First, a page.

The Mad Agriculture Journal

Published on

June 08, 2021

Written by

Philip Taylor

Photo by

Jane Cavagnero

The wolf came to me through my wife, Coco. She has been working with myth with a fantastical group of women that have Dr. Clarissa Pinkola Estes as a guide and elder, who wrote Women Who Run with Wolves, Myths and Stories of the Wild Woman Archetype. The wolf gives clues and insight into what is knowable of the instinctual psyche. I see the wolf in Coco’s devotion, keen sensing, endurance, tenderness and intuitive knowing. And beyond this collection of traits, La Loba sings over Coco, stitching together the bones of a wilder soul that howls more than ever. It’s amazing how her wild awakening calls me to awakening, least we lose our flame together. Again, I’m beginning another journey.

As we learn how the wolf archetype provides awakening, the wolf has entered our lives in other ways. I’m reading the late Barry Lopez’s book, Of Wolves and Men, a stunning account that inverts the traditional fear and misconceptions of the wolf. My family is currently reading this, and as a father, it is my first step toward learning with my children the depths and mystery of an animal. My father, mother and grandfather taught me to look and see. I’m doing my best to continue that lineage of work. Our learnings hit home in a deeper way because we also have Apollo, our dog, that is partially wolf.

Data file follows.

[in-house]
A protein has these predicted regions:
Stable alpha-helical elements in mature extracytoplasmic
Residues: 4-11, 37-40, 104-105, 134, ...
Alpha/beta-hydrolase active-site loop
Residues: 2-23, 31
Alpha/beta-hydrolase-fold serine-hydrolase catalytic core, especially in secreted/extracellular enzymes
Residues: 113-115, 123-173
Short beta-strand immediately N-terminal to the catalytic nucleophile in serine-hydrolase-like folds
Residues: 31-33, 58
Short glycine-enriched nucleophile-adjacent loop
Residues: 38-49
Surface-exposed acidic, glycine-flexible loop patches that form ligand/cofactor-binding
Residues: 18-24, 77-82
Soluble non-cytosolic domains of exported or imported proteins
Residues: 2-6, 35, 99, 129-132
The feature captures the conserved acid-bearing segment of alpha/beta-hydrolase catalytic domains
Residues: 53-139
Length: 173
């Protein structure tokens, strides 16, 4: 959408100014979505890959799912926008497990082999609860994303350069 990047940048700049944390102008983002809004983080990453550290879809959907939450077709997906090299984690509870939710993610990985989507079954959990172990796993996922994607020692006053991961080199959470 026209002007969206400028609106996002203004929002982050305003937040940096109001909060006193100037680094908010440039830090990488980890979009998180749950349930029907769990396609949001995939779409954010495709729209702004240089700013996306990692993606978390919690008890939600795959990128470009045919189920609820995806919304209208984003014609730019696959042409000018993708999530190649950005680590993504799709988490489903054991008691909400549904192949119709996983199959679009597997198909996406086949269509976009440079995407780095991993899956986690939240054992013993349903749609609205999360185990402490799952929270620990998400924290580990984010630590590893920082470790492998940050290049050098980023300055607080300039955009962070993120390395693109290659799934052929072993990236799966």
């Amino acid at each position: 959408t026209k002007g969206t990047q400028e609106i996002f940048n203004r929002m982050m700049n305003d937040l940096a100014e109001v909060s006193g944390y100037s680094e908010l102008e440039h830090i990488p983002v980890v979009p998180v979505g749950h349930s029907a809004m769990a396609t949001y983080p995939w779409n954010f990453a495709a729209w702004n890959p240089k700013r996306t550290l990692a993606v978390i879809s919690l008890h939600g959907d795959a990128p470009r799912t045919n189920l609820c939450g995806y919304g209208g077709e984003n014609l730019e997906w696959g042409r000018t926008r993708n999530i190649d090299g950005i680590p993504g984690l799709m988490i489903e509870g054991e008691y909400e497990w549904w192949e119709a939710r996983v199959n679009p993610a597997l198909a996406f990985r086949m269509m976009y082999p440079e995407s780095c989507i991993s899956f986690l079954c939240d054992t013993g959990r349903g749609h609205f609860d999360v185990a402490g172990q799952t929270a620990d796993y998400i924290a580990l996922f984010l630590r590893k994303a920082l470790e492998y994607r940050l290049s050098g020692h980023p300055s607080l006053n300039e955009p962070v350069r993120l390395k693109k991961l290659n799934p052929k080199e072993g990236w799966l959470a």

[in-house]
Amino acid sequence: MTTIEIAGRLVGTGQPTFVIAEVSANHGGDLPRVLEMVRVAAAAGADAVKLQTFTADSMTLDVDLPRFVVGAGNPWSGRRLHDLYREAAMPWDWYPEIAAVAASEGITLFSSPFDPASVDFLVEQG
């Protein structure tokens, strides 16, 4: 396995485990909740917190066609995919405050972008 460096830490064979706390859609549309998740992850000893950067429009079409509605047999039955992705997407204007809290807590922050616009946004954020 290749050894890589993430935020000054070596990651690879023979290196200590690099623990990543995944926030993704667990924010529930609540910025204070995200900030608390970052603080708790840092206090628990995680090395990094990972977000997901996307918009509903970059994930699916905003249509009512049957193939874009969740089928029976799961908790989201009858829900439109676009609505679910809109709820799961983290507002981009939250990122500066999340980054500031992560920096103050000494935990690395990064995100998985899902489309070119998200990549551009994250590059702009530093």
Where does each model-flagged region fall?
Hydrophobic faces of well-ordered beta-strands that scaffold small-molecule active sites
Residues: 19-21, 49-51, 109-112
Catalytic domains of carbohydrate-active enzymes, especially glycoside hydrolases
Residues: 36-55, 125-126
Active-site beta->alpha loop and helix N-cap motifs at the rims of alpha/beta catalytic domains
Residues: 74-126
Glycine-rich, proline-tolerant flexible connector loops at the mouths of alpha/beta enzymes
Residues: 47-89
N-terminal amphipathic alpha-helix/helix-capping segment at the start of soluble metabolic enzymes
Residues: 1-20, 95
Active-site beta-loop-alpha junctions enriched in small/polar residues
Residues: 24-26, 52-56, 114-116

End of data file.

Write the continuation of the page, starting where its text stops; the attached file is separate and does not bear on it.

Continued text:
Originally published in
Mad Agriculture Journal Issue 5


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